From: Tony Finch [mailto:dot(_at_)dotat(_dot_)at]
Usenet did not escape spam. Spammy usenet servers were not
reliably cut off - certainly the trust relationships between
server operators did not provide an effective way to stop
spam. Your last sentence above is the reason why: keeping
legitimate communication working is more important than the
inconvenience of spam.
That coupled with the difficulty of separating the legitimate communication
from the spam.
In USENET and BGP the trust relationships are only bilateral hop by hop. So I
am vulnerable if anyone I connect either directly or indirectly connects to a
In other words USENET is a perimeter security model with 100,000 plus
independently administered entry points. It it any wonder that it has
essentially collapsed? (my ISP no longer provides NNTP as base service and this
is now the norm).
There is no accountabilty.
You can apply the same logic at the level of BGP routing:
there are trust relationships between networks, some of which
are clean and some of which are infested with criminals. The
latter spoil it for the rest of us but they are still not cut off.
Which is why the first step in securing BGP has to be to provide credentials
that allow route advertisements to be tracked to source.
Again, there is no real accountability.
For a third example of reluctance to punish the innocent,
look at the hatred directed at DNS blacklists that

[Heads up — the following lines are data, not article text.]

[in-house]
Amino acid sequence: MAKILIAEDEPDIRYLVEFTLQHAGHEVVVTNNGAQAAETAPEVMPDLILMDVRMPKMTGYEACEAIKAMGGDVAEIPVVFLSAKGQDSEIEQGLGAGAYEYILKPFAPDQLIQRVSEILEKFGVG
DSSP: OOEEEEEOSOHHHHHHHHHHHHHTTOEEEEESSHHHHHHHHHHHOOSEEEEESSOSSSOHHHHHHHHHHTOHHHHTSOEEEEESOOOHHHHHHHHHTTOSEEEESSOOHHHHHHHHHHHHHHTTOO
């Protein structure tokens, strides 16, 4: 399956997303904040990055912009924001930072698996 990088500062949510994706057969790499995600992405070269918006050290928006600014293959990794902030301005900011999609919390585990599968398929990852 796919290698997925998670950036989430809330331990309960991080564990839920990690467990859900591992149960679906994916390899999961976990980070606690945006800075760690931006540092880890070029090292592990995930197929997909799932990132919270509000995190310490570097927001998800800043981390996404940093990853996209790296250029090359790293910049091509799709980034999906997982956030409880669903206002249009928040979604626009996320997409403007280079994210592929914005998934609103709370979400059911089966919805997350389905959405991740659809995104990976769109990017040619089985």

deliberately block people who are unlucky enough to be too
close in network space to spammers.
The problem there was the blacklists demanded others be held accountable but
refused to be held accountable themselves. They would arbitrarily blacklist
sites and then refuse to unblock them. Some openly boasted of using 'collateral
damage', holding innocent parties hostage as a means of creating leverage to
cause an IS to comply with an arbitrary policy unliaterally set by the
This time there was accountability but the system itself was not sustainable
because the guardians of accountability were not accountable.
Given this, your proposed architecture is just as vulnerable
to botnets as the open SMTP architecture. There are always
going to be enough admins who don't cut off infected machines
and who also have enough legitimate customers that their
upstreams won't cut the whole network off. This will be
enough to poison the well.
Agreed, unless someone can propose a different architectural principle I see no
reason to expect an entirely new Internet architecture to perform any
differently than the existing one.
Accountability is a new or at least unachieved architectural principle. As Dave
Crocker points out there is no reason to create a new SMTP (and by extension
new DNS, new BGP) unless one has first shown why the new proposal cannot be
achieved as an extension or modification of the existing.
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